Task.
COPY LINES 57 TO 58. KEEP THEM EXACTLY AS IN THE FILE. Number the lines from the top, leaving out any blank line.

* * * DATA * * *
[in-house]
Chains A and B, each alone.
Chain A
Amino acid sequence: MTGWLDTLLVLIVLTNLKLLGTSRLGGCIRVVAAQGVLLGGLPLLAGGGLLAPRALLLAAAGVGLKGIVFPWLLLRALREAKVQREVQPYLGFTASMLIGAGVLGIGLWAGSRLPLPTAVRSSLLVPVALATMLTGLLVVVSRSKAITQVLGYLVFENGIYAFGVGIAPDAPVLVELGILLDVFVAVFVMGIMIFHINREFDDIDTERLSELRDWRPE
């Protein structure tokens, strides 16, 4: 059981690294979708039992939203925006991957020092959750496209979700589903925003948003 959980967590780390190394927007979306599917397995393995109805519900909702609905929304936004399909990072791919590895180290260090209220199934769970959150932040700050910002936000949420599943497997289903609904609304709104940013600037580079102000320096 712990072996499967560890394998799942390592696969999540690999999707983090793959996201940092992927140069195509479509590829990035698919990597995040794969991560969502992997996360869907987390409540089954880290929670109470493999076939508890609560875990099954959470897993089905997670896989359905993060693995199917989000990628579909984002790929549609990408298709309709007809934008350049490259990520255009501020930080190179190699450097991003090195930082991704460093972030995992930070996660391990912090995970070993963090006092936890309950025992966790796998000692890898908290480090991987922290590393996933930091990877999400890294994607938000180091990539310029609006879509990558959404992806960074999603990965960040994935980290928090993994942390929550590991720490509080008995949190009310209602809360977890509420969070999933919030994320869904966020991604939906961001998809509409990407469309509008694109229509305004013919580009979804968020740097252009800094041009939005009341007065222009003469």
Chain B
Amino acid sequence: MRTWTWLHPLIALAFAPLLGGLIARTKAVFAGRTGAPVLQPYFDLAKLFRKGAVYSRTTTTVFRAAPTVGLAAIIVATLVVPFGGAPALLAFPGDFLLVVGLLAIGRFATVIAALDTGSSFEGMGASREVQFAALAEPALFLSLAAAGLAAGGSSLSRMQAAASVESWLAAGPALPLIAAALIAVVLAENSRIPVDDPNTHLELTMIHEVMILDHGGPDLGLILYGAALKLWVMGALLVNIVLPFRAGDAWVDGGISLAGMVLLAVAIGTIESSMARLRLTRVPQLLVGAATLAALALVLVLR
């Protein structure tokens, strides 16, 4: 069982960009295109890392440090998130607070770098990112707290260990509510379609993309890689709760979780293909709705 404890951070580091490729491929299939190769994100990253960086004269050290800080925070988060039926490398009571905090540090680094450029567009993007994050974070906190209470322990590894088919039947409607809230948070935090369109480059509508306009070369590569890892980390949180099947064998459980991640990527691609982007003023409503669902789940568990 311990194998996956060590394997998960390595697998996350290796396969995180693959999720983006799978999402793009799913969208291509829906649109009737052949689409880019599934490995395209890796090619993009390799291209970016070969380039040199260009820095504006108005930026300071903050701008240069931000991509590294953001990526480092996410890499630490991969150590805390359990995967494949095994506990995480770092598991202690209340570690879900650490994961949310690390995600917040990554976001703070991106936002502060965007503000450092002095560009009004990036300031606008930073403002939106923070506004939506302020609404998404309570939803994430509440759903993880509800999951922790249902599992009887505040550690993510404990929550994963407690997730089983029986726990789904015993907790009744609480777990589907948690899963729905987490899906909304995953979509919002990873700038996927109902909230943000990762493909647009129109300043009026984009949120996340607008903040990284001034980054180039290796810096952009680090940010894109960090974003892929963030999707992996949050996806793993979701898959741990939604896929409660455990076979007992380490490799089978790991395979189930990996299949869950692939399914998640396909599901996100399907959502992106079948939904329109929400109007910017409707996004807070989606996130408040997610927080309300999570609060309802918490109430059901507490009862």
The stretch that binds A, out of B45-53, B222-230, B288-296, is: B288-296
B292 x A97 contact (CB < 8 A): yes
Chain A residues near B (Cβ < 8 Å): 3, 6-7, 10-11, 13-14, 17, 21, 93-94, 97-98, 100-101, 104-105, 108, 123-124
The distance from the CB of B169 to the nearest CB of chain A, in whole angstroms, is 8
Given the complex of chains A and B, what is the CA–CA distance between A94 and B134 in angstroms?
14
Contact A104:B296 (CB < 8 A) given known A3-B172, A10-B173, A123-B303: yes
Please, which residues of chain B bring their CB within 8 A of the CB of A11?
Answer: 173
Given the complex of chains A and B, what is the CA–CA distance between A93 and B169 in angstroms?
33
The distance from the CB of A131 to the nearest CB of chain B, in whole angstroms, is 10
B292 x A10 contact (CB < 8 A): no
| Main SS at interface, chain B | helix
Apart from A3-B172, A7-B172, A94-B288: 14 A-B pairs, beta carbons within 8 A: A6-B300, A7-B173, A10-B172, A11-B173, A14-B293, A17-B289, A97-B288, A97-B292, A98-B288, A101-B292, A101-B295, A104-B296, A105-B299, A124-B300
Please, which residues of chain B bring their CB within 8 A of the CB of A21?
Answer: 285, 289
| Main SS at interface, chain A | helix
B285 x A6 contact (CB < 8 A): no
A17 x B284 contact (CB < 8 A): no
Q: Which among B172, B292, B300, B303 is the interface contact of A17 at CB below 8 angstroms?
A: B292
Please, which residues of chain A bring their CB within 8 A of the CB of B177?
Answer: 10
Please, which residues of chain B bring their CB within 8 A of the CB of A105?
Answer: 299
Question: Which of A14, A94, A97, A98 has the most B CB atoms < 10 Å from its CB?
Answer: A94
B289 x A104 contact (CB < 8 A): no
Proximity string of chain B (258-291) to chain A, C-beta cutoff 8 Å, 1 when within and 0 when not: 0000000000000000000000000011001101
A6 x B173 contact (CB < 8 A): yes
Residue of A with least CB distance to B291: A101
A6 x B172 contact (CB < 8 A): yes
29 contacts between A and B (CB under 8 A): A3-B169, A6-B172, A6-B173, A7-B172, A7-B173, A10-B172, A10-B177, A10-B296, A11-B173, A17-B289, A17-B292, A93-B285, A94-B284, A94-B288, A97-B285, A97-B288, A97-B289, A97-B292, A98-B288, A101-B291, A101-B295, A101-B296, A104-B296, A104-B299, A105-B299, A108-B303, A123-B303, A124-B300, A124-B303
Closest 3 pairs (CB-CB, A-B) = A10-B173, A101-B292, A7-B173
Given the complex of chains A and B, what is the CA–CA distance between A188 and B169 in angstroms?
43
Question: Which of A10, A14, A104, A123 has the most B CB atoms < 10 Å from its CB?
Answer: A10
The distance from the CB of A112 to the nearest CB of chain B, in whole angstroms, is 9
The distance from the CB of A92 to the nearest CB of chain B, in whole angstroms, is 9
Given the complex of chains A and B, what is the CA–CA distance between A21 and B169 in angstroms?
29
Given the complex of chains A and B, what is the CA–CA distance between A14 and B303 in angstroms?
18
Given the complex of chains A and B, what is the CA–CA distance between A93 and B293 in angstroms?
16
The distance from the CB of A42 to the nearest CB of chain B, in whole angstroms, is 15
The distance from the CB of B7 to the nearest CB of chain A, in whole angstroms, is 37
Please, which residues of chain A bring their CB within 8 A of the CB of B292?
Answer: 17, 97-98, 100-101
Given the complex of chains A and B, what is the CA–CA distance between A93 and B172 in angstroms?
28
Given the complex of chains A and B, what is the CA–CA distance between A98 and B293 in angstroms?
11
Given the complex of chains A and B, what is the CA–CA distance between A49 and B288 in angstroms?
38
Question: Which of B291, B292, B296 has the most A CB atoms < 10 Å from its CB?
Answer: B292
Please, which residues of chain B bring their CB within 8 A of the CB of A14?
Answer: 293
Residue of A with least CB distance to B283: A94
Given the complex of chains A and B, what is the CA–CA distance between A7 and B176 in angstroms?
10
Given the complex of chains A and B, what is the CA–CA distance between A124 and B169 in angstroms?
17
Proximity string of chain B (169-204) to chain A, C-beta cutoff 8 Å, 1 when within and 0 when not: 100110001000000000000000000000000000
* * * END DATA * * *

The distance from the CB of B7 to the nearest CB of chain A, in whole angstroms, is 37
Please, which residues of chain A bring their CB within 8 A of the CB of B292?